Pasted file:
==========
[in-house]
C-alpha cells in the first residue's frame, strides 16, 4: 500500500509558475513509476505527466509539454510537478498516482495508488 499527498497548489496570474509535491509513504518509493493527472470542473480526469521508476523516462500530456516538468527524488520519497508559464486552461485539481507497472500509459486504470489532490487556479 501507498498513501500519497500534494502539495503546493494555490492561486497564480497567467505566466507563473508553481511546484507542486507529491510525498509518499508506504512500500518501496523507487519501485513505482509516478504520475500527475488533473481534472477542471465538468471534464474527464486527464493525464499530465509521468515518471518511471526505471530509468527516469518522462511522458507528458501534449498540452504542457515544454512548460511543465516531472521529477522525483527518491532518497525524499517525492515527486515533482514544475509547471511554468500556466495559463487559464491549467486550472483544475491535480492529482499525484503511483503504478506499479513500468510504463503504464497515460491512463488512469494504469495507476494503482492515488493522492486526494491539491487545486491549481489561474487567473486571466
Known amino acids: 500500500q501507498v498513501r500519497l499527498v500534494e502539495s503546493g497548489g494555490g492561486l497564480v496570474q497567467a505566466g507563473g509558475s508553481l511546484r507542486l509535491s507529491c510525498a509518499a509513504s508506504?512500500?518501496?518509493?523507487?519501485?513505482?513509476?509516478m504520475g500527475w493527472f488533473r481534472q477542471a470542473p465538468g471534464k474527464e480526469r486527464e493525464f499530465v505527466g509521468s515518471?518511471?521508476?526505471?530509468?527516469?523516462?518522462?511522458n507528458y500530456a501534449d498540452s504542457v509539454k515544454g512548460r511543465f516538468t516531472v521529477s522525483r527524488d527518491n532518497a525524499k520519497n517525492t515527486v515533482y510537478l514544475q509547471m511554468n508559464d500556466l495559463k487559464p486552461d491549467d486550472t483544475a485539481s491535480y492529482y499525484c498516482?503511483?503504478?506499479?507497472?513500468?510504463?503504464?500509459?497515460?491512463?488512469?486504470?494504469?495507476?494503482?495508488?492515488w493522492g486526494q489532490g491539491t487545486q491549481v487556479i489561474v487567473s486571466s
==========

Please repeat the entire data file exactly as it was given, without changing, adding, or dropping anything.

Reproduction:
[in-house]
C-alpha cells in the first residue's frame, strides 16, 4: 500500500509558475513509476505527466509539454510537478498516482495508488 499527498497548489496570474509535491509513504518509493493527472470542473480526469521508476523516462500530456516538468527524488520519497508559464486552461485539481507497472500509459486504470489532490487556479 501507498498513501500519497500534494502539495503546493494555490492561486497564480497567467505566466507563473508553481511546484507542486507529491510525498509518499508506504512500500518501496523507487519501485513505482509516478504520475500527475488533473481534472477542471465538468471534464474527464486527464493525464499530465509521468515518471518511471526505471530509468527516469518522462511522458507528458501534449498540452504542457515544454512548460511543465516531472521529477522525483527518491532518497525524499517525492515527486515533482514544475509547471511554468500556466495559463487559464491549467486550472483544475491535480492529482499525484503511483503504478506499479513500468510504463503504464497515460491512463488512469494504469495507476494503482492515488493522492486526494491539491487545486491549481489561474487567473486571466
Known amino acids: 500500500q501507498v498513501r500519497l499527498v500534494e502539495s503546493g497548489g494555490g492561486l497564480v496570474q497567467a505566466g507563473g509558475s508553481l511546484r507542486l509535491s507529491c510525498a509518499a509513504s508506504?512500500?518501496?518509493?523507487?519501485?513505482?513509476?509516478m504520475g500527475w493527472f488533473r481534472q477542471a470542473p465538468g471534464k474527464e480526469r486527464e493525464f499530465v505527466g509521468s515518471?518511471?521508476?526505471?530509468?527516469?523516462?518522462?511522458n507528458y500530456a501534449d498540452s504542457v509539454k515544454g512548460r511543465f516538468t516531472v521529477s522525483r527524488d527518491n532518497a525524499k520519497n517525492t515527486v515533482y510537478l514544475q509547471m511554468n508559464d500556466l495559463k487559464p486552461d491549467d486550472t483544475a485539481s491535480y492529482y499525484c498516482?503511483?503504478?506499479?507497472?513500468?510504463?503504464?500509459?497515460?491512463?488512469?486504470?494504469?495507476?494503482?495508488?492515488w493522492g486526494q489532490g491539491t487545486q491549481v487556479i489561474v487567473s486571466s